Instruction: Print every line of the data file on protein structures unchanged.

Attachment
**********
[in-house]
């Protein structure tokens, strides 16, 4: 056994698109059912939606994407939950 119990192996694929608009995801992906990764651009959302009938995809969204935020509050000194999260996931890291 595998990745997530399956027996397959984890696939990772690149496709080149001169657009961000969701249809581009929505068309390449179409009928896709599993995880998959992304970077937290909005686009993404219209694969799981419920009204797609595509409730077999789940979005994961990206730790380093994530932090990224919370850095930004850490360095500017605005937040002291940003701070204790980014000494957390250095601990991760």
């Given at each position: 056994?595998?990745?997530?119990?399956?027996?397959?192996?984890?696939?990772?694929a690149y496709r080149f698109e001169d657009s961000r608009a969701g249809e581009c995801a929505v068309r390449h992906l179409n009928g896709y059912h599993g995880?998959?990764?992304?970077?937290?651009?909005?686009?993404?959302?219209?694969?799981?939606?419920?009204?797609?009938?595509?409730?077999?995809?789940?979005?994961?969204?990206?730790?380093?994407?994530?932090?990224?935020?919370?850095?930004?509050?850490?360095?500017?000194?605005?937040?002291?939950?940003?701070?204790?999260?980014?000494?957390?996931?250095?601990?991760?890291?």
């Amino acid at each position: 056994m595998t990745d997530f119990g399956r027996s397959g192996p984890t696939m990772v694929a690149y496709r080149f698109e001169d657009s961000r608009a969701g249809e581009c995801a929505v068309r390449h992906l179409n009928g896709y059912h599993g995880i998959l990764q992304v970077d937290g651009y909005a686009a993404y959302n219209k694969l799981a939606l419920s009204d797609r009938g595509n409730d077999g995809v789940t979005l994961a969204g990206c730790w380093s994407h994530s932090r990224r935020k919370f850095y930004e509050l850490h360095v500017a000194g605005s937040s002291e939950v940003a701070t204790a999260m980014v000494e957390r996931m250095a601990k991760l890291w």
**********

[in-house]
């Protein structure tokens, strides 16, 4: 056994698109059912939606994407939950 119990192996694929608009995801992906990764651009959302009938995809969204935020509050000194999260996931890291 595998990745997530399956027996397959984890696939990772690149496709080149001169657009961000969701249809581009929505068309390449179409009928896709599993995880998959992304970077937290909005686009993404219209694969799981419920009204797609595509409730077999789940979005994961990206730790380093994530932090990224919370850095930004850490360095500017605005937040002291940003701070204790980014000494957390250095601990991760």
């Given at each position: 056994?595998?990745?997530?119990?399956?027996?397959?192996?984890?696939?990772?694929a690149y496709r080149f698109e001169d657009s961000r608009a969701g249809e581009c995801a929505v068309r390449h992906l179409n009928g896709y059912h599993g995880?998959?990764?992304?970077?937290?651009?909005?686009?993404?959302?219209?694969?799981?939606?419920?009204?797609?009938?595509?409730?077999?995809?789940?979005?994961?969204?990206?730790?380093?994407?994530?932090?990224?935020?919370?850095?930004?509050?850490?360095?500017?000194?605005?937040?002291?939950?940003?701070?204790?999260?980014?000494?957390?996931?250095?601990?991760?890291?």
């Amino acid at each position: 056994m595998t990745d997530f119990g399956r027996s397959g192996p984890t696939m990772v694929a690149y496709r080149f698109e001169d657009s961000r608009a969701g249809e581009c995801a929505v068309r390449h992906l179409n009928g896709y059912h599993g995880i998959l990764q992304v970077d937290g651009y909005a686009a993404y959302n219209k694969l799981a939606l419920s009204d797609r009938g595509n409730d077999g995809v789940t979005l994961a969204g990206c730790w380093s994407h994530s932090r990224r935020k919370f850095y930004e509050l850490h360095v500017a000194g605005s937040s002291e939950v940003a701070t204790a999260m980014v000494e957390r996931m250095a601990k991760l890291w």